Lack of irrigation water discussed at Mission Jocko meeting
ST. IGNATIUS — A lack of water, particularly for livestock, was discussed during last week’s regularly scheduled meeting of the Mission Jocko Irrigation District commissioners.
“It’s a big deal here for some of us, I’d love to go another month,” Joint Board Chairman Ray Swenson said. “I’m gonna have to start hauling water.” He added that there may be funds available for ranchers through the Farm Service Agency for hauling stock water.
Commissioner Tim Orr reminded members and attendees that Mission and Jocko have stock water rights recorded with the Montana DNRC. “We have stock water rights, very good ones,” he said. “Flathead has smaller stock water rights.”
Mismanagement, Orr says, is the cause of irrigation water shortages. “There’s water coming out of that mountain yet,” he said. “There’s 25 feet in K Canal … Big Knife’s running. You know all these creeks are still running. If they’re running it down the creeks and not bringing it to the farms, they’re failing us because they have responsibility to deliver as long as it’s there. So long as they can meet the instream flows… This project is mismanaging water for the irrigators. All year long. But there’s water out there. There’s no excuse why you folks don’t have stock water… This is getting ridiculous. It’s costing us $33 an acre and we are getting less and less and less service from this project.”
Commissioner Tracy Gardner agreed. He said he and other irrigators on Jocko Road were told to shut their water off Aug. 15, “but they continue to run the water for two weeks beyond that down Jocko Road. Right on past.”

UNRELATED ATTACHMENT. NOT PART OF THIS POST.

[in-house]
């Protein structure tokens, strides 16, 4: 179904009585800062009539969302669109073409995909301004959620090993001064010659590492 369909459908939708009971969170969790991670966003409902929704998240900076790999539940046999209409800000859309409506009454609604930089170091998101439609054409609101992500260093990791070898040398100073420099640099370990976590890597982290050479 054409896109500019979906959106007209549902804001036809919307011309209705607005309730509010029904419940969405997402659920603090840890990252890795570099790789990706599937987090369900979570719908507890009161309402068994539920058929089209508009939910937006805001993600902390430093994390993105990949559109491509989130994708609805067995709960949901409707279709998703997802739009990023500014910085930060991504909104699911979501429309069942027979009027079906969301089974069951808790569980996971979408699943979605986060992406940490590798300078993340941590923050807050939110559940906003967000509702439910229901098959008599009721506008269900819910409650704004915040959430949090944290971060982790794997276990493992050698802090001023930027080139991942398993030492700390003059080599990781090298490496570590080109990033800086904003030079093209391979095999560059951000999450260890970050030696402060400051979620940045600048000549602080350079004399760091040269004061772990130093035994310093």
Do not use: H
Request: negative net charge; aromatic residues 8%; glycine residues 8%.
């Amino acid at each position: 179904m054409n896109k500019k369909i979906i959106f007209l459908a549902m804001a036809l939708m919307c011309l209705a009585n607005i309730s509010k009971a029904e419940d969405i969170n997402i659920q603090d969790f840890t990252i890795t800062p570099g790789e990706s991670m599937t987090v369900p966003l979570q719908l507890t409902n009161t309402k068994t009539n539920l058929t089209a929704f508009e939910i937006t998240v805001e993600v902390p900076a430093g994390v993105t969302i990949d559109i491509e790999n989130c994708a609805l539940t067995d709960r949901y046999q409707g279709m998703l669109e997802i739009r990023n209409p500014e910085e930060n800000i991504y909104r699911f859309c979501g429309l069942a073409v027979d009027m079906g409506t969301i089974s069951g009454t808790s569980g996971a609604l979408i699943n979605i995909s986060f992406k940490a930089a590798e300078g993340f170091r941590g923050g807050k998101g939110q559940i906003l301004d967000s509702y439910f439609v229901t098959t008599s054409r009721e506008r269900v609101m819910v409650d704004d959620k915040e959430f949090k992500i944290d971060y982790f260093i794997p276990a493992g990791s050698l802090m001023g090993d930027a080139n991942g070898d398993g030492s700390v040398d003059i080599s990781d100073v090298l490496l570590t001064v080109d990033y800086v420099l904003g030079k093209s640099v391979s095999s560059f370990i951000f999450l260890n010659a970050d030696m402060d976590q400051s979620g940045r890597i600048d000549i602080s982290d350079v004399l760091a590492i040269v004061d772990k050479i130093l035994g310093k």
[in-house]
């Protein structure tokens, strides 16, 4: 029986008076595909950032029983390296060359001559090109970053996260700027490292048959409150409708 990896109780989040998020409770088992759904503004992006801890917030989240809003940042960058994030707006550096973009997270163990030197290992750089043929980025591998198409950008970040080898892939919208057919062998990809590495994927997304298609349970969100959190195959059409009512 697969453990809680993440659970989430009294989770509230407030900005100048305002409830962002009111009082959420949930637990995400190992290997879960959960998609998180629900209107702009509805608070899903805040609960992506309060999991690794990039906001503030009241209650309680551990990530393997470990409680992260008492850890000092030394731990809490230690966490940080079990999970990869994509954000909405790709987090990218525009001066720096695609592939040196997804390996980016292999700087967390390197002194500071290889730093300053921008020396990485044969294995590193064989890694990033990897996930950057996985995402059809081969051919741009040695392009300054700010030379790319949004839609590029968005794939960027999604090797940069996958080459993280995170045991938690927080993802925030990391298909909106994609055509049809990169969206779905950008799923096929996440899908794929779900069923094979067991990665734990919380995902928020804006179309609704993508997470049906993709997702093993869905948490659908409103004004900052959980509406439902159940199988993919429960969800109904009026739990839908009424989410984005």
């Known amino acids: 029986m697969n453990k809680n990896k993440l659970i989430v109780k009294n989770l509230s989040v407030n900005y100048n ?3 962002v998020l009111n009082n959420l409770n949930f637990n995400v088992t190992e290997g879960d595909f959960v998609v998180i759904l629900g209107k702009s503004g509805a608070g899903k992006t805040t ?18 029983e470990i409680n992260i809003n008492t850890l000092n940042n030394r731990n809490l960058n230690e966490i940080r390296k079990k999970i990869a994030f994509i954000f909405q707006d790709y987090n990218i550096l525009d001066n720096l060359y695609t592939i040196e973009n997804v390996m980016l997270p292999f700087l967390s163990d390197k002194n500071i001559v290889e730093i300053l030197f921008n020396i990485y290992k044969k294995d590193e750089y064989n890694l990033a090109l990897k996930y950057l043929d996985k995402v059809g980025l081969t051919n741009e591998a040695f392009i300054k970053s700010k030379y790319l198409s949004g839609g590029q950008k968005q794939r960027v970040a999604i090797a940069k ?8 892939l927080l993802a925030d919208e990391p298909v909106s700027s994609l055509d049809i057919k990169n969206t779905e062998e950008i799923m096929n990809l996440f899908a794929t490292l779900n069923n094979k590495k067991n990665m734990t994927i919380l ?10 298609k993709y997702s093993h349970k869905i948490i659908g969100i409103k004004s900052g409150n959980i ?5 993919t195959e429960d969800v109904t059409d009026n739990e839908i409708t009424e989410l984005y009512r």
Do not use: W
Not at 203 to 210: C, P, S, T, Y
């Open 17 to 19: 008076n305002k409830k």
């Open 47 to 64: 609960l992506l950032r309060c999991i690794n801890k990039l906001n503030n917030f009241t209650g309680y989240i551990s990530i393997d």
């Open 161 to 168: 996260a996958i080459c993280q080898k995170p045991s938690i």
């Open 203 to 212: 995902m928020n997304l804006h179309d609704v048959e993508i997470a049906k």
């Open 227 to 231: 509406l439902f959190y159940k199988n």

Regarding delivery of stock water to the Jocko area, Commissioner Boone Cole read from an April 13 letter from Flathead Irrigation Project manager Larry Nelson: “After the 2021 irrigation water delivery is completed for the Jocko area, we will not be making any stock water deliveries of the Jocko division service area.” Though the letter states the reason is for rehabilitation of the K Canal, Cole noted that the letter doesn’t stipulate how long the service would be interrupted or that it would limited to the service area impacted by diversion work. He noted that stock water has been “in the crosshairs” for decades and that it’s something the commission needs to keep an eye on.
Another irrigator in attendance agreed with the mismanagement assessment. Meeting attendee Kate Vandemore spoke about possible legal recourse she thought the district and irrigators could explore for broken contracts with the federal government and mismanagement of irrigation water. Commissioner Boone Cole said, “I think we are the solution to the problem. Those guys back in D.C. aren’t. So, how do we do that?”
An agenda item for “Lake County Lawsuit” was briefly discussed at the beginning of the meeting. According to Swenson, the irrigation districts had been invited to join a lawsuit filed by Lake County Commissioners with a federal court of claims for $100 million or so sought for damages (lack of funding) for infastructure upkeep due to passage of the CSKT Water Compact. The county has reportedly withdrawn the suit based on legal advice from a Missoula law firm they’re working with to resolve costs resulting from PL 280 with the state. Irrigation commissioners were told the county may re-file in the future but didn’t want to “muddy the waters” for their current case against state.
In other business, irrigation district office manager Renee Roragen updated board members on the results of grant searching she’d done. A grant that provides funding to digitize hard copies of historical documents was of particular interest. Swenson asked Roragen to look further into this grant option and to provide a further update at the next meeting.